So there you go. It's not a game I expect to hold close to my heart, and I've read some review recaps. I know what I'm in for. I'm okay with that.

So have you pre-ordered any games for an unusual reason? What are your biggest pre-order regrets?

36 Comments

Assassin's Creed Hotyssey

I'm gonna let you all in on a little secret. That newest Assassin's Creed game? It's great!

That take is hotter than 50 Shades of Sparky, I know, but I'm wildly happy with this game. I should be - I've been playing it off and on for a damn month pretty much exclusively, and with over seventy hours in, I'm barely past the 60% storyline mark. That's partly on me, because I like monkeying around in the universe and because I have a hard time spotting certain objectives or things to destroy. But it's also because I'm just having a great time exploring.

Now part of that is due to the fun I'm making for myself. I've been swapping pretty freely between weapon types, and at level 55 or so, I'm pretty much just ramming through combat encounters for funsies. That aspect was a little frustrating for the first ten or so levels, especially when it came to the mercenaries who breathed on me and I died. Now I'm playing drums with three or four mercenaries' skulls at a time while fire-lovin' ladies are spitting at me with their devil bows and I'm loving it.

Kassandra's a dope character, voiced particularly well by Melissanthi Mahut, who I hope is a name we see featured in a lot more games. Kassandra's alternately full of wonderment and brashful exuberance, and is a fantastic counter to Abubakar Salim's equally likable Bayek from the previous game. The islands aren't quite as fascinating as that setting, but navigating Kassandra's world is still a great deal of fun.

My enjoyment is also aided by books on tape, which if you haven't tried before, grab yourself a good podcast game, get to your library, and bullshit with your librarian about Overdrive on your computer or device. I've been mowing down Craig Johnson's Longmire novels playing Odyssey and the combination of cowboy procedural and old timey hackin', whackin', and stabbin' has been a riot.

And that's it, I suppose. Sometimes I just gotta give a game its due, and this is one of those times. AC Odyssey is a real delight.

7 Comments

A quiet goodbye to 2018 on Giant Bomb

Folks, this has been a year.

Let me just say this first - thank you. From the bottom of my battered and bruised heart, thank you. When I went through diastolic heart failure in June, my brother @upperdecker made a post in the forums to ask for thoughts and prayers. At the time, I was surly and downright angry from days spent in a brutally uncomfortable hospital bed waiting for any sort of person with an MD behind their name to come in and talk to me - at all. I was not the kindest to my family or friends then, which if you know me is unfortunately par for the course. But after a while I finally recovered enough to realize the ocean of kindness and love surrounding me, both personally and online, and I'm reminded of it as being the single greatest highlight of my 2018. "No man is a failure who has friends" is about damn right. I'm in the process of rereading that whole thread, and it's got me tearing up a bit.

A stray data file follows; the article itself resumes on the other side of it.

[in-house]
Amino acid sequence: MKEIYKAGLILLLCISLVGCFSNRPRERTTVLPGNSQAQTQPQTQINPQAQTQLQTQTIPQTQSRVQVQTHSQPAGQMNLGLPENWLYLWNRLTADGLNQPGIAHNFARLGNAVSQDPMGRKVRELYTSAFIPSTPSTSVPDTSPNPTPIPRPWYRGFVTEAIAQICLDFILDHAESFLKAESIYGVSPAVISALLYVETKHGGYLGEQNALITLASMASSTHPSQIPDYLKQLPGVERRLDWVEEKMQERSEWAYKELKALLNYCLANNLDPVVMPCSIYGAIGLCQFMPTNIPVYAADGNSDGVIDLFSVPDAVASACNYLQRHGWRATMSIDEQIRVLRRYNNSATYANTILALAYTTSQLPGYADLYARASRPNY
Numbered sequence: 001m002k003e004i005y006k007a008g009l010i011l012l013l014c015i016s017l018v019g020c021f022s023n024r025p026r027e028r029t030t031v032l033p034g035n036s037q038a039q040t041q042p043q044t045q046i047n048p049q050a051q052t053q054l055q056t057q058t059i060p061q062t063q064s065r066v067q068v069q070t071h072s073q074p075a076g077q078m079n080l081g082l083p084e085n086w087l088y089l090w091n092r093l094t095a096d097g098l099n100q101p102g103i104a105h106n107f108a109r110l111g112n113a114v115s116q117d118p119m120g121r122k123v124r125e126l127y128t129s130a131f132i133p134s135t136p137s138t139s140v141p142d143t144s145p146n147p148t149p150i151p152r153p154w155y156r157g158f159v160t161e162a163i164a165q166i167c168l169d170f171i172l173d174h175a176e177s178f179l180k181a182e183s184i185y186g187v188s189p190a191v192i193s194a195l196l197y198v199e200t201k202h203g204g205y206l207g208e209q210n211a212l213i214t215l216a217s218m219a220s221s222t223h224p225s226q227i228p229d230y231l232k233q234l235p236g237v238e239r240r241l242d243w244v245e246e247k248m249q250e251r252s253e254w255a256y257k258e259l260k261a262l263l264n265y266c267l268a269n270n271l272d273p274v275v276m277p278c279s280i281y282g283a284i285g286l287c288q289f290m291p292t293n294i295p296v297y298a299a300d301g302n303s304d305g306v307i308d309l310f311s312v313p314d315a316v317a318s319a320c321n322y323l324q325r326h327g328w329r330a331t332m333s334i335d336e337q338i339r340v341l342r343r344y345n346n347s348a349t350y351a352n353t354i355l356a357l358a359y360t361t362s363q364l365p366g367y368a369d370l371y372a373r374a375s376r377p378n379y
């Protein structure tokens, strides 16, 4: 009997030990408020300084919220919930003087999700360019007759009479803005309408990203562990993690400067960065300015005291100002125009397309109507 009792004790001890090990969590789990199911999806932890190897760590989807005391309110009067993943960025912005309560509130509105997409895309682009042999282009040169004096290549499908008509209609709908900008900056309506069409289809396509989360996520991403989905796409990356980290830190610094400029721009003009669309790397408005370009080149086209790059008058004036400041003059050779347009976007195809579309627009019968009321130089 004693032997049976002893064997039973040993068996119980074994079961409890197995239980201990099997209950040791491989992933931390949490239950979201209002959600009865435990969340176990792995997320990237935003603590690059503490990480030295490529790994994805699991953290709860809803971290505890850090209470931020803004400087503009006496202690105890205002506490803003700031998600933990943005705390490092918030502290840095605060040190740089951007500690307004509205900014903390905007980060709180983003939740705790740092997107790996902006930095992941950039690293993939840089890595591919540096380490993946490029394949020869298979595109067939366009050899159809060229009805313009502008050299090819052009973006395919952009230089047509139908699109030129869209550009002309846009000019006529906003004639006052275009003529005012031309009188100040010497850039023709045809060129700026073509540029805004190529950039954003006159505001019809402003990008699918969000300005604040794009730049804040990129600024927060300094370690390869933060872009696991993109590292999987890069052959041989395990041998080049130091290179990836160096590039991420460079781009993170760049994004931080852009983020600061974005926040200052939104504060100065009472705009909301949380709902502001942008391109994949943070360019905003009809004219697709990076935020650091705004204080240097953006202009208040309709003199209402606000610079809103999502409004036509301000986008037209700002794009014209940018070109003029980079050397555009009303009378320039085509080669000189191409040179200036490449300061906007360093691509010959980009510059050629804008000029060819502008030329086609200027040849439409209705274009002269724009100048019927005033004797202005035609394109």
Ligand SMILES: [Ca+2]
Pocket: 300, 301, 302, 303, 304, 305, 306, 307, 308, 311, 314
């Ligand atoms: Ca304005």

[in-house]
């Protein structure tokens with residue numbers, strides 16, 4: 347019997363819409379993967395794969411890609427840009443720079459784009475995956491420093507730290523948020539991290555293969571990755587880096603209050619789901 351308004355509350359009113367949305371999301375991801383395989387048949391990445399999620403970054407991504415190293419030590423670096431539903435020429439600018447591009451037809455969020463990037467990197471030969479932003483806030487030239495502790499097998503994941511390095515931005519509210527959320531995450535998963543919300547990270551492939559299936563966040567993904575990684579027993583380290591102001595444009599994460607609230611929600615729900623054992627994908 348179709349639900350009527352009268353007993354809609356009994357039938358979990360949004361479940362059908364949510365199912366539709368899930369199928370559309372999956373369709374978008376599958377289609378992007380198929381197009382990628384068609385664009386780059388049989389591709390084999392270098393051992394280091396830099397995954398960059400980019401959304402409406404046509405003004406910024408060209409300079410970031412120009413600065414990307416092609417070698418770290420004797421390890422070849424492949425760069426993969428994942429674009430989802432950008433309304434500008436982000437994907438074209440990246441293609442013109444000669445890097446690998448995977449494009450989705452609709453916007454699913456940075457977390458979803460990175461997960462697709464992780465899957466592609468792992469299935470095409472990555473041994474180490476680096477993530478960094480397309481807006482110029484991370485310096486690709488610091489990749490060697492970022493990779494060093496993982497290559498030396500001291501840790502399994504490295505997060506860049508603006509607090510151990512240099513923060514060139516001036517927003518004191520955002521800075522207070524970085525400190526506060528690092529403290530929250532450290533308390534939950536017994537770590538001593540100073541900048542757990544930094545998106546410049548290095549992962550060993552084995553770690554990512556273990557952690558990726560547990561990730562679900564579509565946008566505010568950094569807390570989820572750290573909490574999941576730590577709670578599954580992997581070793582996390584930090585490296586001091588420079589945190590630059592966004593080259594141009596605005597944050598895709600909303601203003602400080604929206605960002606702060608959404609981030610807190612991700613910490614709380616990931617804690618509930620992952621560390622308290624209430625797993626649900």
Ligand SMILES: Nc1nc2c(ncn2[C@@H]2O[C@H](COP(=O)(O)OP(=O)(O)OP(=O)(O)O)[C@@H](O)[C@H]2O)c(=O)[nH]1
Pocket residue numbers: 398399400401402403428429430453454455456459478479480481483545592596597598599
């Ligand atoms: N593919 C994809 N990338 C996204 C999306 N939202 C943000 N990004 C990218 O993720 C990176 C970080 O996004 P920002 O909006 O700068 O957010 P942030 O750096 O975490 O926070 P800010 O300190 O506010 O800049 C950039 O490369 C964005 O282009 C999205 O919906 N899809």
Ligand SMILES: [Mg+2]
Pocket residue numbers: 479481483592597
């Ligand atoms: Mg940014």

The heart problems weren't even the worst part of my 2018. Breaking my pelvis or pissing rocks - the latter at the same time as my heart attack - weren't even the worst parts. The hardest part was losing my last remaining grandparent. Her mind had been going for a while now, and in that regard, I guess it's good she didn't need to suffer anymore, but in my honest opinion? Fuck that. She was my grandma, the woman I turned to when I needed to get away from my house for a night, who I road tripped with, whose mashed potatoes and crock-cooked beans were the freaking best. Yeah, seeing her lose her mind sucked, especially since it fell to my mom to take care of her, but you know what sucks more? The giant gaping hole where she used to be.

Fuck you, Death. Fuck you and the horse you rode in on.